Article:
Wednesday, November 9, 2011

Obama, The Black Community & Environmental Justice


November 2011 [Nov 9 Conference]

The President’s Commitment to African American Families

“For centuries, African American men and women have persevered to enrich our national life and bend the arc of history toward justice. From resolute Revolutionary War soldiers fighting for liberty to the hardworking students of today reaching for horizons their ancestors could have only imagined, African Americans have strengthened our Nation by leading reforms, overcoming obstacles and breaking down barriers” – President Obama, February 1, 2011

Environmental Justice

In too many American communities, minority families shoulder a disproportionate burden of pollution in the places where they live, work and learn. These disparities result in health challenges like asthma and heart disease and end up turning away job creators looking for attractive, healthy places to set up their businesses. In 2009, about 2,380,000 African Americans reported that they currently have asthma and African American women were 30 percent more likely to have asthma than white women. The President is committed to addressing those disparities and ensuring that all communities have the opportunity to enjoy the health and economic benefits of a clean environment and has begun to lay the ground work for achieving environmental justice for all Americans in a number of ways:

Federal Interagency Working Group on Environmental Justice. After a decade of inaction, in September 2010, the Obama Administration reconvened the Federal Interagency Working Group on Environmental Justice, to ensure that federal agencies are working together as never before to tackle this persistent challenge and provide all Americans with strong federal protection from environmental and health hazards.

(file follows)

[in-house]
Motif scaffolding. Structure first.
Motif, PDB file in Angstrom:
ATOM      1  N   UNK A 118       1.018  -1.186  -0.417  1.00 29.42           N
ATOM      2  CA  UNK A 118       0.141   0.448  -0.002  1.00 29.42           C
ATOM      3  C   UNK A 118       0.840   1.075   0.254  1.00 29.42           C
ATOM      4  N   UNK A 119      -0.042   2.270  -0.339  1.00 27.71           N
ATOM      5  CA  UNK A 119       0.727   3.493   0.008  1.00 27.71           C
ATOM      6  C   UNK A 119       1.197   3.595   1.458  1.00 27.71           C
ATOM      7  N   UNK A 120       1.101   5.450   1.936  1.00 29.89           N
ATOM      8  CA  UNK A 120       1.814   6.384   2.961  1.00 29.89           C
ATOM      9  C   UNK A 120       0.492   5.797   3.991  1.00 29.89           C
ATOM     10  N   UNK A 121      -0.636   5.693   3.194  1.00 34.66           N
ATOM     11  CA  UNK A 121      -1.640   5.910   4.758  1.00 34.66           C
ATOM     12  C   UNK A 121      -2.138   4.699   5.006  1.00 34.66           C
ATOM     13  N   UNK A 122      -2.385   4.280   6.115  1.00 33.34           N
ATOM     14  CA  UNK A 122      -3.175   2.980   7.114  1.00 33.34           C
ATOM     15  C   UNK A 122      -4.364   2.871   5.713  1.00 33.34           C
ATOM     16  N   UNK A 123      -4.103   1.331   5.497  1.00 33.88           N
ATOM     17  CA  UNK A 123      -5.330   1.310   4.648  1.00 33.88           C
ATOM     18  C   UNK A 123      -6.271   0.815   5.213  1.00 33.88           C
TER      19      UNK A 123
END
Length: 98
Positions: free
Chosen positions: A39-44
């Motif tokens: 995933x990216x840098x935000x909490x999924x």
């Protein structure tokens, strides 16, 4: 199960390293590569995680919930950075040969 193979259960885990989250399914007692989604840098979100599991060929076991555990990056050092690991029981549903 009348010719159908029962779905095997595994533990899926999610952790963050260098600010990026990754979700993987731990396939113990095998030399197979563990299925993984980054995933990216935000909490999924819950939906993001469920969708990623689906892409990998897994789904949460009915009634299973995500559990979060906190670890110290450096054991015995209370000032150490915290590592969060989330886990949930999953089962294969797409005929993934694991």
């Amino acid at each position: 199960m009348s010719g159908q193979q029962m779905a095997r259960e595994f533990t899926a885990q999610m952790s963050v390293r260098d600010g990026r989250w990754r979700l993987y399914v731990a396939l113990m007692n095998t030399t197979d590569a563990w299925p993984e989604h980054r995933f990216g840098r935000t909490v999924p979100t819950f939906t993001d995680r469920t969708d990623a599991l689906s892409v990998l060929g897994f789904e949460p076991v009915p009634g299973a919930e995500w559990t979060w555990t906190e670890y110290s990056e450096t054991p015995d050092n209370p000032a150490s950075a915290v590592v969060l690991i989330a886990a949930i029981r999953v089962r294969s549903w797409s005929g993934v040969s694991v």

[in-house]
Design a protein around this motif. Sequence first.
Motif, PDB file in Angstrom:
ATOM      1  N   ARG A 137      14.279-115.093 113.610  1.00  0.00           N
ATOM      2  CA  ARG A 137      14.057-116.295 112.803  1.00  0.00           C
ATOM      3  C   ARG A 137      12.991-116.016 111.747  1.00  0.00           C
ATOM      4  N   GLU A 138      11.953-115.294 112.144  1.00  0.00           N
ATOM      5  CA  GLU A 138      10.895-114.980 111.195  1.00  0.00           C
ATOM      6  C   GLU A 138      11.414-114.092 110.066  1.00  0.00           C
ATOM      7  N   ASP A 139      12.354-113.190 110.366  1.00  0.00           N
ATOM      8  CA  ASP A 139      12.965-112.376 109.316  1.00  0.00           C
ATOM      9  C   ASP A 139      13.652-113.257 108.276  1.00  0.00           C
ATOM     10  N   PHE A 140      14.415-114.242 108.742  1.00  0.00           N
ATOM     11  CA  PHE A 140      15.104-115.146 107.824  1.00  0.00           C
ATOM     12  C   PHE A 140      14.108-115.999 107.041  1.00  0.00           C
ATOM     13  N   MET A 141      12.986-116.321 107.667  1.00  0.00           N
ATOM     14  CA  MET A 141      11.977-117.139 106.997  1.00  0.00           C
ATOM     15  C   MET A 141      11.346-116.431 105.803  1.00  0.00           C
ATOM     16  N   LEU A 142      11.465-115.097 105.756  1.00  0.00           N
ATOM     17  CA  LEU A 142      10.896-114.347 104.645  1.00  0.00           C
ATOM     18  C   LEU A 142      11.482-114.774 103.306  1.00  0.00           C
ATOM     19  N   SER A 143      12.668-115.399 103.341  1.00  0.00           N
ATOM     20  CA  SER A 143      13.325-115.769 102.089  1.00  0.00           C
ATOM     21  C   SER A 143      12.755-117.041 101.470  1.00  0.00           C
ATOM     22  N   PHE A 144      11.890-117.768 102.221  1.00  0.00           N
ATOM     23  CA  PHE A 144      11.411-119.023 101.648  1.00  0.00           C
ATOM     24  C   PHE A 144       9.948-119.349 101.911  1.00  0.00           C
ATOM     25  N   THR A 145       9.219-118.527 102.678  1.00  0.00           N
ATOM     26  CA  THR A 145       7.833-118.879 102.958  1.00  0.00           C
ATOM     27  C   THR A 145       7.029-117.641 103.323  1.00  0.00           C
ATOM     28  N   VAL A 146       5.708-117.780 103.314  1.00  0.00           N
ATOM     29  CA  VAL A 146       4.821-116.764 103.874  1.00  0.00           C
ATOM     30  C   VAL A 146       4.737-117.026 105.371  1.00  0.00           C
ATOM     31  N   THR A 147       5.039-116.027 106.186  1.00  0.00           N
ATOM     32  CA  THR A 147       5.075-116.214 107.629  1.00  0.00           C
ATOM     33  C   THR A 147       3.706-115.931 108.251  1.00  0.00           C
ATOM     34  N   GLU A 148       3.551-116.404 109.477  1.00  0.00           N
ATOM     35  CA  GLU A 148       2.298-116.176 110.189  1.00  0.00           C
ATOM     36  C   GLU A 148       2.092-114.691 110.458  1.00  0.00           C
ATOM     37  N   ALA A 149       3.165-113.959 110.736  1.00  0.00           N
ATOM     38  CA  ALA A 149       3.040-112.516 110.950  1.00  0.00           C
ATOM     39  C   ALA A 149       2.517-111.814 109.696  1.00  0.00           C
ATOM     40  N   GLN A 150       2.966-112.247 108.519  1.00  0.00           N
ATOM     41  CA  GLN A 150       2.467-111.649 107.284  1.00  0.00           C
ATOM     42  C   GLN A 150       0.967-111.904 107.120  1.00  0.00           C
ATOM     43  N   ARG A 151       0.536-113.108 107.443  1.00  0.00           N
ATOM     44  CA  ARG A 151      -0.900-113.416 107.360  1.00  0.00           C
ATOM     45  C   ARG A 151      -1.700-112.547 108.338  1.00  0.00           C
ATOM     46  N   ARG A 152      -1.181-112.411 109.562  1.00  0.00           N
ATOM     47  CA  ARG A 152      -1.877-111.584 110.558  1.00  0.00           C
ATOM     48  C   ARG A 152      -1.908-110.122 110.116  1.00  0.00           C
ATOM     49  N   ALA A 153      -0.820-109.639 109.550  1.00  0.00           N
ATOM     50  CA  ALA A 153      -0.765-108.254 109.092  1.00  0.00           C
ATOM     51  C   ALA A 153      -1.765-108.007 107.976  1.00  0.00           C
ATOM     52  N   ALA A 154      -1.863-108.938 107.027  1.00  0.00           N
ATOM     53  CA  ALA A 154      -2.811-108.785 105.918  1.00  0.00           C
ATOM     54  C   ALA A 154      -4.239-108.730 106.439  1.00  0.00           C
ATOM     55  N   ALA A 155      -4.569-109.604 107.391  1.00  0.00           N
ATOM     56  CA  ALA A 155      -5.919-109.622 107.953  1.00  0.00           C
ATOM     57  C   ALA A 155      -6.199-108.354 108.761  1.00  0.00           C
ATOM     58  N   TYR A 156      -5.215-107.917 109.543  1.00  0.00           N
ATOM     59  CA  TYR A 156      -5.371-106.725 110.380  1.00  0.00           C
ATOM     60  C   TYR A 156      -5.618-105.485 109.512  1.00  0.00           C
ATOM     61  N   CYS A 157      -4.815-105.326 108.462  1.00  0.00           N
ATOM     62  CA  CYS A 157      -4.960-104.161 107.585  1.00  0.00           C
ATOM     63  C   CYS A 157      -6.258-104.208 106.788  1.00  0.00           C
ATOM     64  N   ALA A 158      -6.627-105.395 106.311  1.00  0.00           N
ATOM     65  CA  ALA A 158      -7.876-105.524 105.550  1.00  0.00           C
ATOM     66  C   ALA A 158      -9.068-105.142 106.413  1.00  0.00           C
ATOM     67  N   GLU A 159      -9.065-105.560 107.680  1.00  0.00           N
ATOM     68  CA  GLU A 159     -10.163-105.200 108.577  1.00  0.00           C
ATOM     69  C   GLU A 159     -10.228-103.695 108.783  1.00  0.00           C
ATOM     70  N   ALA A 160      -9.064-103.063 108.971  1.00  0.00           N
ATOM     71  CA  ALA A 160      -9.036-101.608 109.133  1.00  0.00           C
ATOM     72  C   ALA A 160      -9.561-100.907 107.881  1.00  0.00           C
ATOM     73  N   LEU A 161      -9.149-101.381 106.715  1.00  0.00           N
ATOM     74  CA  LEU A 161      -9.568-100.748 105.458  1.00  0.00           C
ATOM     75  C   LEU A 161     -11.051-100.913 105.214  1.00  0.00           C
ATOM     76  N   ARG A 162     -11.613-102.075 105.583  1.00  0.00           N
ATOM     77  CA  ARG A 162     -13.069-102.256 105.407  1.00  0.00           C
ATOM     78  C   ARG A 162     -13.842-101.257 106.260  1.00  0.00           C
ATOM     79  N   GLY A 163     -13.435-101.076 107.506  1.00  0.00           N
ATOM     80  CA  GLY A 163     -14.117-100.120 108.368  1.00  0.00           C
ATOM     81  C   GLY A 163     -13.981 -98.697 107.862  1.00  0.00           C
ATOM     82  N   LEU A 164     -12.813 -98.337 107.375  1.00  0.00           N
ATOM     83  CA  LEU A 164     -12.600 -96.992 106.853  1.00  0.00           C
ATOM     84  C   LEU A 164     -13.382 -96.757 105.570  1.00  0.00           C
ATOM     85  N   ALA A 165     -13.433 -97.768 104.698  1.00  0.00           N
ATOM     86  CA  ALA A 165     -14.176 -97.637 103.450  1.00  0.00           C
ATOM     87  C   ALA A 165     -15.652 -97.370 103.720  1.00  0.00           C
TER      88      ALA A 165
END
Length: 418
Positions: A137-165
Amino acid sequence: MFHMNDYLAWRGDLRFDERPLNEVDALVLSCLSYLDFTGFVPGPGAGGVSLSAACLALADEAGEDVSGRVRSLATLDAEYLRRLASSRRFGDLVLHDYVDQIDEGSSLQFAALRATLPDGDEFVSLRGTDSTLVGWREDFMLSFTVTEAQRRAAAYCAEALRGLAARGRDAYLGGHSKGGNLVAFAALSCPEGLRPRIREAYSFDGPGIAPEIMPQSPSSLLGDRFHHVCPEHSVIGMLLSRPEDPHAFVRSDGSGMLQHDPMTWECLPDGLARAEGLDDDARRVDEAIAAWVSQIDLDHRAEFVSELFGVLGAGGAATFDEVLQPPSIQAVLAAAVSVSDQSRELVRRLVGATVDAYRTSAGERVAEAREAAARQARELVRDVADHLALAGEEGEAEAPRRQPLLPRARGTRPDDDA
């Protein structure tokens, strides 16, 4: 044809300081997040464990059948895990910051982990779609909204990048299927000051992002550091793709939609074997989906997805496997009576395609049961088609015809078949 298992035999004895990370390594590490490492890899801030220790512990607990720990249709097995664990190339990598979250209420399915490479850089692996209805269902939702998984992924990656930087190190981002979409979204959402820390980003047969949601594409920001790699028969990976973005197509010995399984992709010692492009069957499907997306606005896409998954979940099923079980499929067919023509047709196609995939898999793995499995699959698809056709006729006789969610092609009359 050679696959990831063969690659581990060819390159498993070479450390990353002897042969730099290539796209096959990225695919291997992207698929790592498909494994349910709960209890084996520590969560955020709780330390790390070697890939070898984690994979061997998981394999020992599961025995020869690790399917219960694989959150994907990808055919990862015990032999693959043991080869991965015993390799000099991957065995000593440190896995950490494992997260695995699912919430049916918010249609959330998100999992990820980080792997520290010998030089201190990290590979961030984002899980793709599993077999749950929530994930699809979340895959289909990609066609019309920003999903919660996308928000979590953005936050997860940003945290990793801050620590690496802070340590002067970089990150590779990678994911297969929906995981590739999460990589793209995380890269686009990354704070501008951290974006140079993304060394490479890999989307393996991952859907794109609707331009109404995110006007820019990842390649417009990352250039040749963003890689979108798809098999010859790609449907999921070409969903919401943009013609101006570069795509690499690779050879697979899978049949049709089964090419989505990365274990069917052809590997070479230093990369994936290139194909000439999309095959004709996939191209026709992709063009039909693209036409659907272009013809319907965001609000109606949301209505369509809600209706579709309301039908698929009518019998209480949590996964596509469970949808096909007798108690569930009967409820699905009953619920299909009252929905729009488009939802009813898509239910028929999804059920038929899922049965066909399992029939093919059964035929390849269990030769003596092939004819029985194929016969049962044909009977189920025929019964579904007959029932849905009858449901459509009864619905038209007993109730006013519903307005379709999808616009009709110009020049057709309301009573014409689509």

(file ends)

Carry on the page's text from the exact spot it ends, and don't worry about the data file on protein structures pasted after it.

White House Environmental Justice Forum. In December 2010, at the White House Environmental Justice Forum, Cabinet Secretaries and other senior Administration officials met with more than 100 environmental justice leaders from across the country to engage advocates on issues affecting their communities, including reducing air pollution, addressing health disparities, and capitalizing on emerging clean energy job opportunities. This was a first-of-its kind forum and an opportunity to have an honest dialogue about opportunities and challenges to achieving environmental justice in communities across the country.

Memorandum of Understanding. Reflecting the dialogue, concerns and commitments made at the forum and other public events, in August of this year, 17 federal leaders signed a Memorandum of Understanding on Environmental Justice and Executive Order 12898 (MOU). This MOU better defines and broadens the mission of the EJ IWG and commits each agency to develop an environmental justice strategy. These strategies, which will be finalized in early 2012, will serve as a road map that will help integrate environmental justice into the programs agencies run, the policies they make, and the activities they engage in.

(The White House)

No comments: